18F-FDG-PET/CT better localizes active spinal infection than MRI for successful minimally invasive surgery

Masayuki Nakahara, Manabu Ito, Naoya Hattori, Keiichi Magota, Masahiko Takahata, Ken Nagahama, Hideki Sudo, Tamotsu Kamishima, Nagara Tamaki, Norimasa Iwasaki
Acta Radiologica 2015, 56 (7): 829-36

BACKGROUND: Surgical debridement is often required to treat spinal infections. Successful surgery requires accurate localization of the active infections, however, current imaging technique still requires surgeons' experience to narrow the surgical fields to achieve less invasive procedures.

PURPOSE: To investigate the use of F-fluorodeoxyglucose (FDG) positron emission tomography/computed tomography (PET/CT) for successful surgical planning.

MATERIAL AND METHODS: Nine patients with suspected spinal infection underwent magnetic resonance imaging (MRI) and FDG-PET/CT before surgery to locate active foci of infections. The spinal structures were divided into seven compartments at each intervertebral disc level for a total of 315 compartments investigated. The same classification system was used to design operating fields for histological correlation.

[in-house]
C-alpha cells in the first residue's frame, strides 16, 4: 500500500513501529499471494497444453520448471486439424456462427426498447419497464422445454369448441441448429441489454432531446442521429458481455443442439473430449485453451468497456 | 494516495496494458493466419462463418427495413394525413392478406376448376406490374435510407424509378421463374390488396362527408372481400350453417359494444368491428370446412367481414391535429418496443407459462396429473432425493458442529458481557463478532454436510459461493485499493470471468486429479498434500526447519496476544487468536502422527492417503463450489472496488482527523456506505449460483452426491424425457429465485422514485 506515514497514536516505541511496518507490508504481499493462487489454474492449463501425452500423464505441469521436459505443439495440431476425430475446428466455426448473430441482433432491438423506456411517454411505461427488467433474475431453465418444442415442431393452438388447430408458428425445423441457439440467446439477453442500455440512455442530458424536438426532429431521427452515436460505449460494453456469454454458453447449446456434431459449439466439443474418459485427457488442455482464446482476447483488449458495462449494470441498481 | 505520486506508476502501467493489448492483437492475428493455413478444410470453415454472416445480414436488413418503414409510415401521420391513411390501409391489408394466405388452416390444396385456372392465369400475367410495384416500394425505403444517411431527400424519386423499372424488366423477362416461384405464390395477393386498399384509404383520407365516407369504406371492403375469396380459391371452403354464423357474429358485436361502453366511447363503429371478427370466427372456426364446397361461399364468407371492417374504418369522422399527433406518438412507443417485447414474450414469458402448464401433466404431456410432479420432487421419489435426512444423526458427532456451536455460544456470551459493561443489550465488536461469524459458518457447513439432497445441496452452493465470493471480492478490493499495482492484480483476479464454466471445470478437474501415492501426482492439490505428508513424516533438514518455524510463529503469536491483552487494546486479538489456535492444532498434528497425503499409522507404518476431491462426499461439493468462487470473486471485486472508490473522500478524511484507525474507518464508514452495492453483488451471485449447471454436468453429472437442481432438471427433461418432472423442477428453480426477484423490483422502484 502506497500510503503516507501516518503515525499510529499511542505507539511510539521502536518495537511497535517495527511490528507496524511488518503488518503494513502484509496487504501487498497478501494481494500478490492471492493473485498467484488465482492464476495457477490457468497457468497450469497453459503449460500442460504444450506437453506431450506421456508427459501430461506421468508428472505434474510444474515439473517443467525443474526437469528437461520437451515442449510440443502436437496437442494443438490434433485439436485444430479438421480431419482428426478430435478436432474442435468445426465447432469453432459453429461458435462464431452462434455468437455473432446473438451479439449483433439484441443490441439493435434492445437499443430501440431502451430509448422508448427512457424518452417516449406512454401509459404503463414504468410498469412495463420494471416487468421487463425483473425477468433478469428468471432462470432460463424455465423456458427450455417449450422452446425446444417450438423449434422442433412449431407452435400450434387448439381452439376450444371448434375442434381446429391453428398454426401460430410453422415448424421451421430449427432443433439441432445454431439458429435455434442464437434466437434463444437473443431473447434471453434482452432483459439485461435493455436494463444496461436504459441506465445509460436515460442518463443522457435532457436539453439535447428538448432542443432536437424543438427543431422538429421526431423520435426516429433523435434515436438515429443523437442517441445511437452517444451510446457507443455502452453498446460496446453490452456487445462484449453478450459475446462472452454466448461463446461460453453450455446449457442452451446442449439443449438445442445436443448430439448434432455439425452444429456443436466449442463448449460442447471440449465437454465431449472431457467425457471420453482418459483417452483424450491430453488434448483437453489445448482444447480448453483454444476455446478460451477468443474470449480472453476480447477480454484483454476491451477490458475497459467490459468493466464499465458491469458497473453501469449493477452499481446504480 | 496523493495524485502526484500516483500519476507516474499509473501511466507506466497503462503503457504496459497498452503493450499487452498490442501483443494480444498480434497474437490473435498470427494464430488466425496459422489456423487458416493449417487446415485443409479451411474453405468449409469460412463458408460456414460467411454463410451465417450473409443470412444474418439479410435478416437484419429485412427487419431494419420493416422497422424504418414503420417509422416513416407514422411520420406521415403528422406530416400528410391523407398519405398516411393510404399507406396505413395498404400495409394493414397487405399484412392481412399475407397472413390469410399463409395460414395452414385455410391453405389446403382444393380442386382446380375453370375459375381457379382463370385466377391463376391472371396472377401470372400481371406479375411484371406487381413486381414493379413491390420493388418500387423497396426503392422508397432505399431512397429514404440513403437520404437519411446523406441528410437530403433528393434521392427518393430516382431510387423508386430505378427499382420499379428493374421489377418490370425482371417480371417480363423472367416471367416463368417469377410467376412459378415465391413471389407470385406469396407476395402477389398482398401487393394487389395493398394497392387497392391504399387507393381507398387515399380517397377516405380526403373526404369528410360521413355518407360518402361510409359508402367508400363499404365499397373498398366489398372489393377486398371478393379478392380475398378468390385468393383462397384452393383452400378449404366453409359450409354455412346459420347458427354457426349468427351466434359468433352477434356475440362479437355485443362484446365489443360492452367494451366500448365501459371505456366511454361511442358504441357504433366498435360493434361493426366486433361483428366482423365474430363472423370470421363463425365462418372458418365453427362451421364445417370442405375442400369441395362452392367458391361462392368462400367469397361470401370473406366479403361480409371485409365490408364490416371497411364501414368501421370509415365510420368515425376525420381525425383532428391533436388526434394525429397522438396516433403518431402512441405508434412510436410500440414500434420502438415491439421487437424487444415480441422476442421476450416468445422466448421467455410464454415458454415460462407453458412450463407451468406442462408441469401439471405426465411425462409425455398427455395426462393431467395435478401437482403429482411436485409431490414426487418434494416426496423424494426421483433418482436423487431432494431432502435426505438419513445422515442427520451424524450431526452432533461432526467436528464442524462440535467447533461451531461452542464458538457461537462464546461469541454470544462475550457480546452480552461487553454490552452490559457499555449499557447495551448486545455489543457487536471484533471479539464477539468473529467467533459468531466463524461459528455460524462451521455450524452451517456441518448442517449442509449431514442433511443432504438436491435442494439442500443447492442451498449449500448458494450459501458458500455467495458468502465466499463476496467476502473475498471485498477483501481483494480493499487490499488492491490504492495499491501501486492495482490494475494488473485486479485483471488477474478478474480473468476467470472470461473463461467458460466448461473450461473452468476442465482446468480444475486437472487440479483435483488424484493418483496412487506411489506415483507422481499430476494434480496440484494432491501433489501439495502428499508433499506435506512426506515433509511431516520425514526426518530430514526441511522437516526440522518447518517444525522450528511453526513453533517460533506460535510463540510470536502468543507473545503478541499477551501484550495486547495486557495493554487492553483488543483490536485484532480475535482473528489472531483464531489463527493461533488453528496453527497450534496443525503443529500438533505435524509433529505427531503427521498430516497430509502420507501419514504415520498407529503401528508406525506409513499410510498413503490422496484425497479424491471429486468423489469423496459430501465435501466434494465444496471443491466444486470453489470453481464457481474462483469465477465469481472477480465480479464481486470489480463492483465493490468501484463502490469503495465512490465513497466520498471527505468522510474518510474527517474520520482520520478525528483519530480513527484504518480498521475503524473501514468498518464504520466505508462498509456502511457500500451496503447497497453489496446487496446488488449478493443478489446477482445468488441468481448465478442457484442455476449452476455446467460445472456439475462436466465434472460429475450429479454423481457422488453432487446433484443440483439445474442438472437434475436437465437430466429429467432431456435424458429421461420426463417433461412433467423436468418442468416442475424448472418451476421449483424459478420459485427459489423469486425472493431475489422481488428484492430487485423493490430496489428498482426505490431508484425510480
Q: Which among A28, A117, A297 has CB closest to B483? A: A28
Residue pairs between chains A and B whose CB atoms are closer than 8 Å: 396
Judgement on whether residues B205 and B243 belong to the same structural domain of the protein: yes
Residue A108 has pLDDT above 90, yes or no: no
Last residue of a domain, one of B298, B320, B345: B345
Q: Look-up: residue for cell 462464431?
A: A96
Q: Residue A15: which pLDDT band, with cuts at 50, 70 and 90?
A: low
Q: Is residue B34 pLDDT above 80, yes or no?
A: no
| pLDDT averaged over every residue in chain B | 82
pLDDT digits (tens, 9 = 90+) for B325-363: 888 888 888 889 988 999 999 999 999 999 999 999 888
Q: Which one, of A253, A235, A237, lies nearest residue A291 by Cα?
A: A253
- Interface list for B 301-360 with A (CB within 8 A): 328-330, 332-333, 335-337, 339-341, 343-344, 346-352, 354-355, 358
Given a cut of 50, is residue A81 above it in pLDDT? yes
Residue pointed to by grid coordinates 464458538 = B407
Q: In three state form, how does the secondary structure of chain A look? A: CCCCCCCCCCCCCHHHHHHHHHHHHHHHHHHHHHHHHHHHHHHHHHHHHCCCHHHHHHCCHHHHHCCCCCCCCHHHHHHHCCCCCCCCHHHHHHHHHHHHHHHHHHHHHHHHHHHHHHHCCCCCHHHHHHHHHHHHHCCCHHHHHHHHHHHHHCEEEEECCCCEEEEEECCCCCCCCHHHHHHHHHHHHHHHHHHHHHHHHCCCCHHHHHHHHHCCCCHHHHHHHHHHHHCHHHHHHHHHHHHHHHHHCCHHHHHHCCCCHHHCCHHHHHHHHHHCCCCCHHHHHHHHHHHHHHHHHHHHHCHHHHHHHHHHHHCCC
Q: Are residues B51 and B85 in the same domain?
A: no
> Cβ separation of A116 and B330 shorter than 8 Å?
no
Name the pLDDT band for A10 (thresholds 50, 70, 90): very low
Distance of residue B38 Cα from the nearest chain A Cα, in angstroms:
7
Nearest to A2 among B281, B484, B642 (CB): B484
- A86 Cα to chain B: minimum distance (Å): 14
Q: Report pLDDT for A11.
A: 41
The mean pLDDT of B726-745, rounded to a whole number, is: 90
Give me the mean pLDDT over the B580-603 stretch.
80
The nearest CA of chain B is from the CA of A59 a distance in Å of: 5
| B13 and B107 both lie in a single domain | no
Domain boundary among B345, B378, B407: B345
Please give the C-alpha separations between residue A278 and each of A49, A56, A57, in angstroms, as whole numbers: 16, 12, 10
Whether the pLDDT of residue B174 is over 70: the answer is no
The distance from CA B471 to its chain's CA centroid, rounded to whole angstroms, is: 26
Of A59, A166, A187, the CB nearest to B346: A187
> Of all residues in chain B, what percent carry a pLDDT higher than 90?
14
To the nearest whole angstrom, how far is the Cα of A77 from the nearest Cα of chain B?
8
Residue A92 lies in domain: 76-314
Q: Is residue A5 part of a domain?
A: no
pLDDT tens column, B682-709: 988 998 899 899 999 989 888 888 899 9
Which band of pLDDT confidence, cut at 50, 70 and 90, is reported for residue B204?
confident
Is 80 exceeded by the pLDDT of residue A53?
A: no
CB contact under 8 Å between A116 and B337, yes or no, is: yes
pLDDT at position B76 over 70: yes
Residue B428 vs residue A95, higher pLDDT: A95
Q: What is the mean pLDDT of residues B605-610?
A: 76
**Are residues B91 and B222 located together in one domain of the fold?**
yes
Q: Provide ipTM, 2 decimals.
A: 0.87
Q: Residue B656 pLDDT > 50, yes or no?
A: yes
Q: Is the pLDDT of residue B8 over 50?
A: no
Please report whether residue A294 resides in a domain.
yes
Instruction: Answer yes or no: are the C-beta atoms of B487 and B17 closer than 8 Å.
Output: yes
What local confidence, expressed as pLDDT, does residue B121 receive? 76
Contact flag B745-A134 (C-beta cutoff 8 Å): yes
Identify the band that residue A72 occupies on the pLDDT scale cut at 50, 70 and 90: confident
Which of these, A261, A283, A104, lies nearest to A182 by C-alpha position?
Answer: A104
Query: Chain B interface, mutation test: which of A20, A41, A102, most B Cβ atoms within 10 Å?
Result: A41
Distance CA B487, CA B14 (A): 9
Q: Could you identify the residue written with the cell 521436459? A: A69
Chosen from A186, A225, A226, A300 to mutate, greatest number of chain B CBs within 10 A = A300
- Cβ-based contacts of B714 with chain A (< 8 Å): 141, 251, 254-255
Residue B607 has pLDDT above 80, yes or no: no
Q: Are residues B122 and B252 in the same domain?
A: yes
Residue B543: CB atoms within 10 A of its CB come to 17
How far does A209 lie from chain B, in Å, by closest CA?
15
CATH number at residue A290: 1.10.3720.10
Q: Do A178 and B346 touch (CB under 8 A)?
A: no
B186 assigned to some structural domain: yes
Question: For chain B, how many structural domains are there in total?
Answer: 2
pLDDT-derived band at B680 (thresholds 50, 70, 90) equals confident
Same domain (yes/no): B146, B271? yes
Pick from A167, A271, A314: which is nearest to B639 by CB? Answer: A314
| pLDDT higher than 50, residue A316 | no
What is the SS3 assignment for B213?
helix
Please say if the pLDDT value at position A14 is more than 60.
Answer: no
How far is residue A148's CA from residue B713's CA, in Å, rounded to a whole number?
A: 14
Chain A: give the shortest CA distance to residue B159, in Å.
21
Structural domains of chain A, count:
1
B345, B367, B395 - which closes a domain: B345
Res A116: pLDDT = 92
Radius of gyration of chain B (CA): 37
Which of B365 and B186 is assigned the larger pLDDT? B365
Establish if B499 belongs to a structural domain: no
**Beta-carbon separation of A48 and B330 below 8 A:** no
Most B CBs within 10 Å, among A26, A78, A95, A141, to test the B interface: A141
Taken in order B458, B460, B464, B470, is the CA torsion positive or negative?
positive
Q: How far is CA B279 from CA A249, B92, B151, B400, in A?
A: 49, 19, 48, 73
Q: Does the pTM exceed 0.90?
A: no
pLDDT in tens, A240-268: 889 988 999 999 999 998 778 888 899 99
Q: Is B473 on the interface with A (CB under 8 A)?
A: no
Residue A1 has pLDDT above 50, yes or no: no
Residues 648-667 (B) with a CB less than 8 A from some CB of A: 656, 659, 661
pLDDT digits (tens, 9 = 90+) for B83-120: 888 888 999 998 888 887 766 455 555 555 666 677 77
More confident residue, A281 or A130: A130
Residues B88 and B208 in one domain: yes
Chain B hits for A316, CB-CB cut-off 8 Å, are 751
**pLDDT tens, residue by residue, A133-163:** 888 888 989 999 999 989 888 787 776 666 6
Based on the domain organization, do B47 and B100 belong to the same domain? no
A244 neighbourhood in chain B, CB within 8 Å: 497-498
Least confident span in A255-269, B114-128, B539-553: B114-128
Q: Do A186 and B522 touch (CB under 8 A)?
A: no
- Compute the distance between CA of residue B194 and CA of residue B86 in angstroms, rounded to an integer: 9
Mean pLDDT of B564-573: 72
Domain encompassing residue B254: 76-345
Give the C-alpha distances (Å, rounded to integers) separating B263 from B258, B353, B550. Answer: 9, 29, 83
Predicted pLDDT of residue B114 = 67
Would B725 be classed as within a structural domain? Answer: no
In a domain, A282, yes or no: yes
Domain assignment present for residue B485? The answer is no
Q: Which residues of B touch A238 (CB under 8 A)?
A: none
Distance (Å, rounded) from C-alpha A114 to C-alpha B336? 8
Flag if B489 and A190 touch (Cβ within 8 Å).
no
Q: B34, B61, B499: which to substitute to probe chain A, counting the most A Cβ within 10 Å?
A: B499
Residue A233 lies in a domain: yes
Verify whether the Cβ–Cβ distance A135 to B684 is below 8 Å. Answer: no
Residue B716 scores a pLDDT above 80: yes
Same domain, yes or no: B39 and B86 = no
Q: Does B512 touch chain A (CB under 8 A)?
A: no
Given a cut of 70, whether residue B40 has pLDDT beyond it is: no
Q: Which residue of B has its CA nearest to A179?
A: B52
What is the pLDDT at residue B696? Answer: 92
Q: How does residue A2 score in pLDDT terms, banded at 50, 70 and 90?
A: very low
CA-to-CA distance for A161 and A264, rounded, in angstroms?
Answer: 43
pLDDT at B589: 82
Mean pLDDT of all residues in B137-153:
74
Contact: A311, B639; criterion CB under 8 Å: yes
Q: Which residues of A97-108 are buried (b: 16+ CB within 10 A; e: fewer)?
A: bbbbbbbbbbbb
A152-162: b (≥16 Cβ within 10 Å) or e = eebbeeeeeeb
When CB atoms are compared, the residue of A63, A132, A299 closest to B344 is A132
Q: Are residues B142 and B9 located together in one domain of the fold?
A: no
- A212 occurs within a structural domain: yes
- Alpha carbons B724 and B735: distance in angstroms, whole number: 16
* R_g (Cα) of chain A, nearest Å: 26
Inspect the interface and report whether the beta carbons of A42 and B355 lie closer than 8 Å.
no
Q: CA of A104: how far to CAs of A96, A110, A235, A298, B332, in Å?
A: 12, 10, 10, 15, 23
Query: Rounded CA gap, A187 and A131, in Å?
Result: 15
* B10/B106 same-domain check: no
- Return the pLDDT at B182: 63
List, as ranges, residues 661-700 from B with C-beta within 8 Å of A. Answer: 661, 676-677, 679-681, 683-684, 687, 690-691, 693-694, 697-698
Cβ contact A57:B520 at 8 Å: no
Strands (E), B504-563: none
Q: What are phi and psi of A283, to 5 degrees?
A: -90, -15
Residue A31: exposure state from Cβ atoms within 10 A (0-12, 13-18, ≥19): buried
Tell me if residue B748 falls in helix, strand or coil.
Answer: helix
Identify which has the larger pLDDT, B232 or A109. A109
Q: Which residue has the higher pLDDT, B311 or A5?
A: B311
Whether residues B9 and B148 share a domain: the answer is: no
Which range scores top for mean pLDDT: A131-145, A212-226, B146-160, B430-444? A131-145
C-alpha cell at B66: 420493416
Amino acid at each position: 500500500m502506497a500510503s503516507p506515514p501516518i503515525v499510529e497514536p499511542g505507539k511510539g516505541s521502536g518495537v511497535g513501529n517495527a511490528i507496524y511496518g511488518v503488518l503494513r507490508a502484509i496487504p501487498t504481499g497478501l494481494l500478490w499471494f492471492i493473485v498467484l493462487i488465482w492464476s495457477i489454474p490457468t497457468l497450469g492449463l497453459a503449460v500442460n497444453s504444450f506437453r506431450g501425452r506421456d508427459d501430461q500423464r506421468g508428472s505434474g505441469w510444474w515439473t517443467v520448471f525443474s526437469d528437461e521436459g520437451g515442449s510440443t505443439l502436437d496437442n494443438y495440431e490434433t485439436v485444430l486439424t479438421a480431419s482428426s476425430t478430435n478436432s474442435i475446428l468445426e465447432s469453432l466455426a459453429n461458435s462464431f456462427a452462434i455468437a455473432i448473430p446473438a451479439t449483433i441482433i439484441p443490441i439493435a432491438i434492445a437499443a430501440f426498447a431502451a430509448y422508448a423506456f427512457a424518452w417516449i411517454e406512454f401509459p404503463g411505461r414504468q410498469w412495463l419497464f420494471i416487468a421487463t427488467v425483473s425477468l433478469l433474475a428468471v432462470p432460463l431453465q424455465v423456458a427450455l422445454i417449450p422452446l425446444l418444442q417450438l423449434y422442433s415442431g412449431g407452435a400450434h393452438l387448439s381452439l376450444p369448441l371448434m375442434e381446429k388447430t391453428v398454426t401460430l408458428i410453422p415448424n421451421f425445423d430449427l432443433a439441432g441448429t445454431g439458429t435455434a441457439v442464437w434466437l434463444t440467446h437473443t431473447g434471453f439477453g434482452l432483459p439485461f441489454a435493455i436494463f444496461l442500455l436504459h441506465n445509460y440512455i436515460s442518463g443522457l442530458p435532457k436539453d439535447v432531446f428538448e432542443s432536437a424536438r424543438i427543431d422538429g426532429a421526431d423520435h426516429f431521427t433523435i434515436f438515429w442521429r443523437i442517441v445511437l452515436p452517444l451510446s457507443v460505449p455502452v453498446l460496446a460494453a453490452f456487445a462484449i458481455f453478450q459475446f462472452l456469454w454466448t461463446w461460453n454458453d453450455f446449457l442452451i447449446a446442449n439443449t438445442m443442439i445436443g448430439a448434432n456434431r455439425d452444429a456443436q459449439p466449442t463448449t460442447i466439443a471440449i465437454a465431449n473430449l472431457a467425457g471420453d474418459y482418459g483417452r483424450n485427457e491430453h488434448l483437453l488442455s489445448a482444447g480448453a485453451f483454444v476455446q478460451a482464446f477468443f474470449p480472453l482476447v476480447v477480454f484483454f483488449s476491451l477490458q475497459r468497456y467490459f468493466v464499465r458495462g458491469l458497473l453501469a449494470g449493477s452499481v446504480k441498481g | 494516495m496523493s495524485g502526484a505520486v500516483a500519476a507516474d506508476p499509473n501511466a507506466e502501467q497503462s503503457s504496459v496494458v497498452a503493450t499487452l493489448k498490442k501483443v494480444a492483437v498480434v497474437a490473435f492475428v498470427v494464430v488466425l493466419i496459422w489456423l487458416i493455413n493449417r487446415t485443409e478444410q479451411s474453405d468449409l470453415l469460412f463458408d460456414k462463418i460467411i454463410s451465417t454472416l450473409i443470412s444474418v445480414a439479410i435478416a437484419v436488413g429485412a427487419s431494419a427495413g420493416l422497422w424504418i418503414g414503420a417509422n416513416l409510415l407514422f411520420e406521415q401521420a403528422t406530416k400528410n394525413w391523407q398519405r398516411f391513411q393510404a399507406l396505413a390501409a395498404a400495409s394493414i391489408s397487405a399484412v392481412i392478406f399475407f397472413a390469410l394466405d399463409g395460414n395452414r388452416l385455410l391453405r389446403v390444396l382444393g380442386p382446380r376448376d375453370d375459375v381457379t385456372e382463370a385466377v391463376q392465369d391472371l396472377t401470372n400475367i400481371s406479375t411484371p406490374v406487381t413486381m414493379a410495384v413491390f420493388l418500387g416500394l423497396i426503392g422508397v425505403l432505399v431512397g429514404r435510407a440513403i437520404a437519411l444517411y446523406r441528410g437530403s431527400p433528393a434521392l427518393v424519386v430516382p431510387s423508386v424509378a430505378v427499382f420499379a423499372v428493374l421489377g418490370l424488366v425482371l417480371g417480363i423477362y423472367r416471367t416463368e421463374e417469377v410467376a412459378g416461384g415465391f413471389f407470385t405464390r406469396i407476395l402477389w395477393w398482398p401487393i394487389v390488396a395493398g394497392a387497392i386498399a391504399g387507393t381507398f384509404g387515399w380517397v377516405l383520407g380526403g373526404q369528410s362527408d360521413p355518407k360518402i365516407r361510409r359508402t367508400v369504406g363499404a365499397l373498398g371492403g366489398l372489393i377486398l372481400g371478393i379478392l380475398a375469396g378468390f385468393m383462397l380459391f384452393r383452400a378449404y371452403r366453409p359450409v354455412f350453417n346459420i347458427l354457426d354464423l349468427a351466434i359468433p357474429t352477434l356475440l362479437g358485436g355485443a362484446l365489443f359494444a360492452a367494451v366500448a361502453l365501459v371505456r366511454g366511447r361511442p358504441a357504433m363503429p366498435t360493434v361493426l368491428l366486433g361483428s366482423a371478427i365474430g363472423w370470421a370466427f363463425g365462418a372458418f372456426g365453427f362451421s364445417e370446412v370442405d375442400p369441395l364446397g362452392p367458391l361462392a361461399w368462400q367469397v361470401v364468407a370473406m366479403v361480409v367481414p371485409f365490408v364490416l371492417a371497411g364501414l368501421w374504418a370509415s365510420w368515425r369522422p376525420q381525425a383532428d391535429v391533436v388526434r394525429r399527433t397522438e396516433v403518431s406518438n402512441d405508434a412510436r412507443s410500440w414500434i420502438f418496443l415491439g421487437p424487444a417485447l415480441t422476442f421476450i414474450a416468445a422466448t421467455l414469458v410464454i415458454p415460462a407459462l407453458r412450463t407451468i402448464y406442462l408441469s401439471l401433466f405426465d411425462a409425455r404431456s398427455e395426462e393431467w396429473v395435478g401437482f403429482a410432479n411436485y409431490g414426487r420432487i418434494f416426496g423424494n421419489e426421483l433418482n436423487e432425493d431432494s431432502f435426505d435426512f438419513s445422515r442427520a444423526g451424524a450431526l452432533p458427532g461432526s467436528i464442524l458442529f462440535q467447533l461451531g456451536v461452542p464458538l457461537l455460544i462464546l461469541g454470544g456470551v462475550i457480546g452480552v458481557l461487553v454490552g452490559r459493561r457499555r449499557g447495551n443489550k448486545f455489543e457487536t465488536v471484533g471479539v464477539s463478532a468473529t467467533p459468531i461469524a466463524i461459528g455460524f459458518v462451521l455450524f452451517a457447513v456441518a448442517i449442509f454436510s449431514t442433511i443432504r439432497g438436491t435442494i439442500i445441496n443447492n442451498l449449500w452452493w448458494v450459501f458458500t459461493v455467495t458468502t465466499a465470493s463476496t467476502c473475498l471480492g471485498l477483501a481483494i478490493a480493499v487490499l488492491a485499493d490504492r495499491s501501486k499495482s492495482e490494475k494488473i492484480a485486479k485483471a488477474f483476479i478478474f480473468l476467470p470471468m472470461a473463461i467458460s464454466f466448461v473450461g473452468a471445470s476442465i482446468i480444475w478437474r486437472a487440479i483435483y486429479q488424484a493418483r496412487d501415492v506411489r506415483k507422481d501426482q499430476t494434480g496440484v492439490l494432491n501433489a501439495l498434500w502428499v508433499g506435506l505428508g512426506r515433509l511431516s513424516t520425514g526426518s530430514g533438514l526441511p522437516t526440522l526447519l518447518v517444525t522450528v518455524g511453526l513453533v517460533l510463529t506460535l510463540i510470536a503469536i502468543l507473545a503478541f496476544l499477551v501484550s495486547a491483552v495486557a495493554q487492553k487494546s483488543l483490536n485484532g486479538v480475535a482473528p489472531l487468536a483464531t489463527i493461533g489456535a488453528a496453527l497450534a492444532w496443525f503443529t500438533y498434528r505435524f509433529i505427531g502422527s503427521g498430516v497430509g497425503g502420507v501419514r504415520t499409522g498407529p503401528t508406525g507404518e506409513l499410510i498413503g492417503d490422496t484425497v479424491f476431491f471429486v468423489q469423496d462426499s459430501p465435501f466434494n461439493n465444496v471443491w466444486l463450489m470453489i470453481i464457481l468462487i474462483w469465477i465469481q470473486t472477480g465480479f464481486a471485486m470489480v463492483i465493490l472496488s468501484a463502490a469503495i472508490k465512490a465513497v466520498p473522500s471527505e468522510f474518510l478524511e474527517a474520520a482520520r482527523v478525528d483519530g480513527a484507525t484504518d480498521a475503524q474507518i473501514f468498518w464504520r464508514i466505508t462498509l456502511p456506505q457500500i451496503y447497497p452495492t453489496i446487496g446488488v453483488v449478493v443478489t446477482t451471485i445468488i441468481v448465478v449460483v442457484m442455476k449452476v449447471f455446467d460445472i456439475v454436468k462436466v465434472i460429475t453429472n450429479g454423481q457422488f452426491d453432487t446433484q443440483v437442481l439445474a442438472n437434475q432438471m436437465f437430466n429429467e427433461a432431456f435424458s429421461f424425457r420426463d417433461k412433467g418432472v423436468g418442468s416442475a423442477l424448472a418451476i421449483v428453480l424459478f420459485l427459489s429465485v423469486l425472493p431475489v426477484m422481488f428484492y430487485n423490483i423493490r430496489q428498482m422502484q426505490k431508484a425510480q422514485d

RESULTS: FDG-PET/CT diagnosed fewer compartments as active infection (34 compartments, 10.8%) than MRI (62 compartments, 19.7%, P  = 0.002). Surgical exploration was performed in 49 compartments, and demonstrated active infection in 25 compartments. The sensitivity / specificity of FDG-PET/CT was 100% / 79%, respectively, which was superior to those of MRI, 76% / 42%. Foci of active infection showed hypermetabolic activity with a SUVmax of 7.1 ± 2.6 (range, 3.0-12.7). Receiver operating characteristic (ROC) analysis indicated an optimal threshold for active spinal infection at a SUVmax of 4.2, corresponding to a sensitivity of 90.3% and specificity of 91.2%.

CONCLUSION: FDG-PET/CT demonstrated limited areas of abnormality allowing accurate delineation, and is thus useful to narrow the surgical fields. Since overall diagnostic accuracy of FDG-PET/CT was superior to that of MRI, FDG-PET/CT is a useful technique to narrow the surgical field for successful less invasive surgery.

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